In 1804, the British banned Kalaripayattu in Kerala in response to the Kottayathu War, a rebellion against British rule in Kerala lead by the Keralite king Pazhassi Raja. The ban came into effect shortly after Pazhassi Raja's death on November 30th, 1805, resulting in the closure of most of the major kalari training grounds in Kerala.
Many Keralite gurukkals of Kalaripayattu resisted the ban and continued to teach Kalaripayattu to their students in secret and preserved the martial art for posterity. They were responsible for preserving Kalaripayattu into the beginning of the twentieth century, as well as sparking the revival of Kalaripayattu in Kerala in the 1920s.
Sketches by Alice Mahamudra
Research paper by Jose Punnoose
- Ballads of Northern Kerala (Malabar)
The Chevakar were the celebrities of the era. Ballads of Northern Kerala are folk songs or Veera Gathas of the Chevakar.
These folk songs were handed down in oral tradition.
Peasants sang them to alleviate boredom and become rejuvenated while toiling in the hot, dusty fields under the relentless tropical sun. During late night festivities - such as a wedding feast preparation, the ballad lyric could get spiced up a bit, turn raunchy enough to draw chuckles and ward-off sleep while they pounded rice in the big granite pestle or grounded coconut scrapings. Family reunions at late night bonfires were another perfect setting for these songs as they slipped into sleep.
How awareness of Vadakkan-paattukal entered the modern Malayalee psyche
It would not be an exaggeration to state that, if it were not for Kunchacko and other filmmakers of Malayalam Cinema who portrayed the life and times of Aromal Chekavar, Thacholi Othena Kurup and other warriors in films on the malabar ballads, this episode in Kerala history would have been largely unknown to a Keralite.
Vadakkanpaattu films by Kunchacko
More of valour-related sociological conflicts … than display of martial arts !
Kunchacko’s film Unniyarcha (1961), about a female Chekava warrior, was the first such. Written by Sarangapani (based on a stage play of the ballad of Unniyarcha), this landmark film portrayed 12th C Malabar’s fiery blood feuds and justice rendered by the sword … with a female (played by a 24 year old Ragini) as the lead character!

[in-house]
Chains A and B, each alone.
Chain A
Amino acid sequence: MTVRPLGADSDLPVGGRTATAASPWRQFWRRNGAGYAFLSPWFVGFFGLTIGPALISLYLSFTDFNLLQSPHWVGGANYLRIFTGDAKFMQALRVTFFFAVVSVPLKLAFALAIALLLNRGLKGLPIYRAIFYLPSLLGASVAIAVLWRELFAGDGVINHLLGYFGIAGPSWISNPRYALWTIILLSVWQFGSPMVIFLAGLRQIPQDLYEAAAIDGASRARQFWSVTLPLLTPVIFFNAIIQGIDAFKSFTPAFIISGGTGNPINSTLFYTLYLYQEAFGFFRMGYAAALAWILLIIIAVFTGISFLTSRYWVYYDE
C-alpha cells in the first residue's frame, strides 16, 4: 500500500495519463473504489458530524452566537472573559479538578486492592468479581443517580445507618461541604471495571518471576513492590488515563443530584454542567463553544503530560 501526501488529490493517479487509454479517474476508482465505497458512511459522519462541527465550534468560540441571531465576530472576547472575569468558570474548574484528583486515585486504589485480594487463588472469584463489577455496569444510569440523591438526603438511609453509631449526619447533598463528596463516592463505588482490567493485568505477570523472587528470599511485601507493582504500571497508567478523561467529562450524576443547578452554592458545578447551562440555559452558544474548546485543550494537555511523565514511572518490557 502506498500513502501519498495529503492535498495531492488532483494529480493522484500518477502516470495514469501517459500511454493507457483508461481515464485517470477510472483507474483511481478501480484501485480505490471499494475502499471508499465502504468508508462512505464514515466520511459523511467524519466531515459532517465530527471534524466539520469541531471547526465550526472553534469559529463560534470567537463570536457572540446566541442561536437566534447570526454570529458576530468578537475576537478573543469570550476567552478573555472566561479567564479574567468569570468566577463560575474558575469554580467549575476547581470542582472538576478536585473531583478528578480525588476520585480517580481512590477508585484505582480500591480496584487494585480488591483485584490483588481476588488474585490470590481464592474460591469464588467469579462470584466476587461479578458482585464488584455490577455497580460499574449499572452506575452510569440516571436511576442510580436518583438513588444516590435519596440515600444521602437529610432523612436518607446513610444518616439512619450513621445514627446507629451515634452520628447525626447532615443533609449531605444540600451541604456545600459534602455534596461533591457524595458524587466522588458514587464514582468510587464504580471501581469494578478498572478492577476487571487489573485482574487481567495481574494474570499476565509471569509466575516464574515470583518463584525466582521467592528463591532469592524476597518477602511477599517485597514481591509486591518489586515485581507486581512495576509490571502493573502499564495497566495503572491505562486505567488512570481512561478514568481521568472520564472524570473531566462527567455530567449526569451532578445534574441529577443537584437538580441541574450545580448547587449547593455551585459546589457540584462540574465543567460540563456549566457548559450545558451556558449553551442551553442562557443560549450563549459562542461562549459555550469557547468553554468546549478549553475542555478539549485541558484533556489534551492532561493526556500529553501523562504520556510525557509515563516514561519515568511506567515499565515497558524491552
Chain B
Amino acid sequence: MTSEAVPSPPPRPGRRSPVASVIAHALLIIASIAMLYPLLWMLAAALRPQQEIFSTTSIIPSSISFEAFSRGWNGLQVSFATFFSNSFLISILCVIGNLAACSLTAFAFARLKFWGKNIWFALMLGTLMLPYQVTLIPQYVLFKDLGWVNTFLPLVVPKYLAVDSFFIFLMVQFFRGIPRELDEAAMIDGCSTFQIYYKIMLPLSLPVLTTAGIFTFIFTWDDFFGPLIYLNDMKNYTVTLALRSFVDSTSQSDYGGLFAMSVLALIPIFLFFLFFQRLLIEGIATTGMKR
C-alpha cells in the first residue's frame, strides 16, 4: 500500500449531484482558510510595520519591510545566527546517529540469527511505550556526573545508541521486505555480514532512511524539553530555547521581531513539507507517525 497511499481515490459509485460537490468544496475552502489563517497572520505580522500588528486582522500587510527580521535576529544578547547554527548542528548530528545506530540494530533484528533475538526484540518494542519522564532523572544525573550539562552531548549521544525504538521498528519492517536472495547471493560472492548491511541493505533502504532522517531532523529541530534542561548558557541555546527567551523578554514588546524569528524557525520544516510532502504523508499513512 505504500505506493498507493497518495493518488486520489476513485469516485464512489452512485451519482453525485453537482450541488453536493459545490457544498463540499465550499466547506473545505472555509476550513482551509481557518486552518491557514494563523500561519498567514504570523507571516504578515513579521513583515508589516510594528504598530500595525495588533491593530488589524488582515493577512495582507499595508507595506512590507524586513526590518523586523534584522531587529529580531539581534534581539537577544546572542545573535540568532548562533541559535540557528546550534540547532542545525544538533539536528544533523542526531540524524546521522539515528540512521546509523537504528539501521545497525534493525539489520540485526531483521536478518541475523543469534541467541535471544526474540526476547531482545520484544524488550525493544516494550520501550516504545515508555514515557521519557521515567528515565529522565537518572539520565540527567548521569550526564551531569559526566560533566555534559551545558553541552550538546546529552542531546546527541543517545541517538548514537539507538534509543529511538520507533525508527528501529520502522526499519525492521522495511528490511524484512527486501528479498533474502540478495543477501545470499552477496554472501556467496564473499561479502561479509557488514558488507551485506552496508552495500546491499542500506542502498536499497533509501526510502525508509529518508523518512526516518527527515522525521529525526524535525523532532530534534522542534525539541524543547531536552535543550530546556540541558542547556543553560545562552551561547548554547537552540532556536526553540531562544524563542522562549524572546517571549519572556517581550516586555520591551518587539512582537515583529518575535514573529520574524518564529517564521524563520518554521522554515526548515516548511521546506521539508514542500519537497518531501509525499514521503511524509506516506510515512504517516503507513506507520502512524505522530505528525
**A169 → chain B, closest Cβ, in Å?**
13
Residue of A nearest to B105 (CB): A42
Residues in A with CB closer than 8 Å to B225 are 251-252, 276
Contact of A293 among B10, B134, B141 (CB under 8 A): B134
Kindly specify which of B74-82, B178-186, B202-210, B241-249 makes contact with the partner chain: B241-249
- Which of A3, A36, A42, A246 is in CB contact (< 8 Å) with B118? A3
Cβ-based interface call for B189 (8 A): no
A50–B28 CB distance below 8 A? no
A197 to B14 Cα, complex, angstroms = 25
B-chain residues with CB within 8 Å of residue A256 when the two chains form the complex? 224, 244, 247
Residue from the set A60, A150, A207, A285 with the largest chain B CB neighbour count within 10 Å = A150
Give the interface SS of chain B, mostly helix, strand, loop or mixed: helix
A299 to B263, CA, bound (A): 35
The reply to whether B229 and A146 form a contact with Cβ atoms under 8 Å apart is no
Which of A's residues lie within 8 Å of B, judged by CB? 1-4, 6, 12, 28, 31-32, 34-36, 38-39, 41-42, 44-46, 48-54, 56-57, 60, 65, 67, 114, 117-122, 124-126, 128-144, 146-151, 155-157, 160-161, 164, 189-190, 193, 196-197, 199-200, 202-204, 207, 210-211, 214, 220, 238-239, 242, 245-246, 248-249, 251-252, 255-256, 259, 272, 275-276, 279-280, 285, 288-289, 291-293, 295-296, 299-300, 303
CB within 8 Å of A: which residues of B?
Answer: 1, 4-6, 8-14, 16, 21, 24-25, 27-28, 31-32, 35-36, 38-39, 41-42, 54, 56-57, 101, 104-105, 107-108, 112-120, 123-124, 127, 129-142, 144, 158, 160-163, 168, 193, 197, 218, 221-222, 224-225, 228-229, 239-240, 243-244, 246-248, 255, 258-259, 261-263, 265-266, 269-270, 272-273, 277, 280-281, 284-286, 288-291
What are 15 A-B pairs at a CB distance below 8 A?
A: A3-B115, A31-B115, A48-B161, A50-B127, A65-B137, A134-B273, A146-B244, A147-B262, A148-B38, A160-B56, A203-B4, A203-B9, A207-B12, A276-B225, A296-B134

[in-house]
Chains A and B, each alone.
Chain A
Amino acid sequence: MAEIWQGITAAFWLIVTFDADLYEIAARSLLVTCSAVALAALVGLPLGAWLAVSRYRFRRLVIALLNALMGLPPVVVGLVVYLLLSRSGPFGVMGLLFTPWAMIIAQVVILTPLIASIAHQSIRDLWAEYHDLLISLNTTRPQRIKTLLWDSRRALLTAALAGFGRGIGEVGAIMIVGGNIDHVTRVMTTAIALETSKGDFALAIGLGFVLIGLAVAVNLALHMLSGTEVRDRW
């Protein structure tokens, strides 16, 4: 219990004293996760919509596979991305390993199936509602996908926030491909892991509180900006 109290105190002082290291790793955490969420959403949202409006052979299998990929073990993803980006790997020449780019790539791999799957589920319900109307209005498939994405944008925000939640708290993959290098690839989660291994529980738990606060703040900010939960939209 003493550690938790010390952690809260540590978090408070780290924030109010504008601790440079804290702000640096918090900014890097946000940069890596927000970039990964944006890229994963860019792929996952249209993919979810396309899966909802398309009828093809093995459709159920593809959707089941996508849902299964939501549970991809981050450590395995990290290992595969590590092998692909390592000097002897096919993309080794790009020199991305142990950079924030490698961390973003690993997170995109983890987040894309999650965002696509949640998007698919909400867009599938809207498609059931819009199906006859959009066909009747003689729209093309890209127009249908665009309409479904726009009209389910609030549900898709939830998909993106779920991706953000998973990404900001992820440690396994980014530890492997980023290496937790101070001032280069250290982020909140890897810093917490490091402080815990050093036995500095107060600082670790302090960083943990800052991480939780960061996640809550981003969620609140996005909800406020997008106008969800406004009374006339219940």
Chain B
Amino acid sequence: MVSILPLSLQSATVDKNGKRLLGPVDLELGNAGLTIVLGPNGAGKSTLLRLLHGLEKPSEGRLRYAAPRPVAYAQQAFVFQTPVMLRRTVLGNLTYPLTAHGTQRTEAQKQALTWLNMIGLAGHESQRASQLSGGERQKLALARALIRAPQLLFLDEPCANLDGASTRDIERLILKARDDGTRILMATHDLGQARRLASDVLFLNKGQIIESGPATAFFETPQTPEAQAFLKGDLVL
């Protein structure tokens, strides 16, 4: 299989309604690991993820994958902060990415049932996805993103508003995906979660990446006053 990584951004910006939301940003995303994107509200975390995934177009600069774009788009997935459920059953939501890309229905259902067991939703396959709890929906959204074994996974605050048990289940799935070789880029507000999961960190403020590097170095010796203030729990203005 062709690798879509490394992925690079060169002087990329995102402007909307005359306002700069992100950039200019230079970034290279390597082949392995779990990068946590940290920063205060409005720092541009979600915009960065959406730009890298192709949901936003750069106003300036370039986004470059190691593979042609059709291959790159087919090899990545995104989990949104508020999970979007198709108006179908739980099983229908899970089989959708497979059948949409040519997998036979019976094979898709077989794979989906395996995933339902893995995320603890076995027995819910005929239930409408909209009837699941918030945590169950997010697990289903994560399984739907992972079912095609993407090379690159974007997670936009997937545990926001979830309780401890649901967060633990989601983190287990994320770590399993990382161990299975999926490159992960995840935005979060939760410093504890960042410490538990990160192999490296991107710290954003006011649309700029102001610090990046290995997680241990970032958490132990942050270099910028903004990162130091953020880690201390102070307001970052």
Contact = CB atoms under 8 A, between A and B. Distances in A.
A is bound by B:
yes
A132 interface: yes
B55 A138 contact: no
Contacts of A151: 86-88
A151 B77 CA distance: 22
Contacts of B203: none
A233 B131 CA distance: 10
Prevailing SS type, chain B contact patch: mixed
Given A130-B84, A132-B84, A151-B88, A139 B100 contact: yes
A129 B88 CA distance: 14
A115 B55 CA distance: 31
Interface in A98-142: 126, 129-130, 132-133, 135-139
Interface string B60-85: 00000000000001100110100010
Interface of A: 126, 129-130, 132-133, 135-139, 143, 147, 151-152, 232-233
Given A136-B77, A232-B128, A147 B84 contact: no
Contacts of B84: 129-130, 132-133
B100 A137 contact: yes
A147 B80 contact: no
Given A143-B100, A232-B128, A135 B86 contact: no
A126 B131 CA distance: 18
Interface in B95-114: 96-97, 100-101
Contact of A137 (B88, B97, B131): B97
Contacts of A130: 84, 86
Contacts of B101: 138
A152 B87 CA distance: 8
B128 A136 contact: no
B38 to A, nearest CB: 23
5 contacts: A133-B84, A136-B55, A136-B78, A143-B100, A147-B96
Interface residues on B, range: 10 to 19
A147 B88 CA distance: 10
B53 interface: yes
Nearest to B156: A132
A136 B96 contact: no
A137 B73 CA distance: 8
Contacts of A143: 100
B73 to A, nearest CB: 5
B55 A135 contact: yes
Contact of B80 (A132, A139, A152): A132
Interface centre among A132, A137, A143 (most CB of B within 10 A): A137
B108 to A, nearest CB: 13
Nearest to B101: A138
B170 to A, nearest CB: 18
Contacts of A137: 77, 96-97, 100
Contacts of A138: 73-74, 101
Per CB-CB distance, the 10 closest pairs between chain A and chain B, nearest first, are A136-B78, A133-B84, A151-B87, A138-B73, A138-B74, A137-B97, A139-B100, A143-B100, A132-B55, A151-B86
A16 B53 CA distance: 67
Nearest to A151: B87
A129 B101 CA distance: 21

Amorous intrusion into a maid’s chamber. Satyan, Ragini in
Othenante Makan (1969)
In a combat with the elephant, the hero wins the princess’s hand.
Prem Nazir in film Aromalunni (1971)
On the arena, a mother chastises her son … for playing foul! Ravichander,
K. Ponnamma, Prem Nazir in Aromalunni
The nuptial of the hero and heroine takes a dramatic turn into a duel between the the two ... and results in death! The climax of this film dealt with family blood feud, chekava oath and the warrior code. Vijayasree and Prem Nazir in film Ponnapuram Kotta (1973)
Slandered as a fallen woman, spurned by her betrothed, this maid of Kadathanadu challenges any male of the land to defeat her in duel and prove her unchaste!
Sheela and Ummer in film Thumbolarcha (1974).
Coveted by every suitor noble and ignoble in the land, Ponni of Mamangalam was arrogant to ridicule them all as unworthy of her. Their opportunity to get even with her comes unexpectedly when she, to cover nudity, takes pudava (clothe) from a woodcutter who saves her from drowning. Since accepting pudava is also an act ritualising marriage, she is forced by the grudgers to take him as her husband. In revenge, she vows to train her moronic spouse into a champion and defeat all of them in duel! Sheela and Nazir in film Kannappanunni (1977).
Kunchacko leading the re-construction of a storm-damaged film shooting floor.
Illustration by RK
All photo-realistic sketches
by Narayana Murthy (Kishkinta)
From an article on Udaya Studios Alappuzha
by Josy Joseph.
Images Udaya Archives.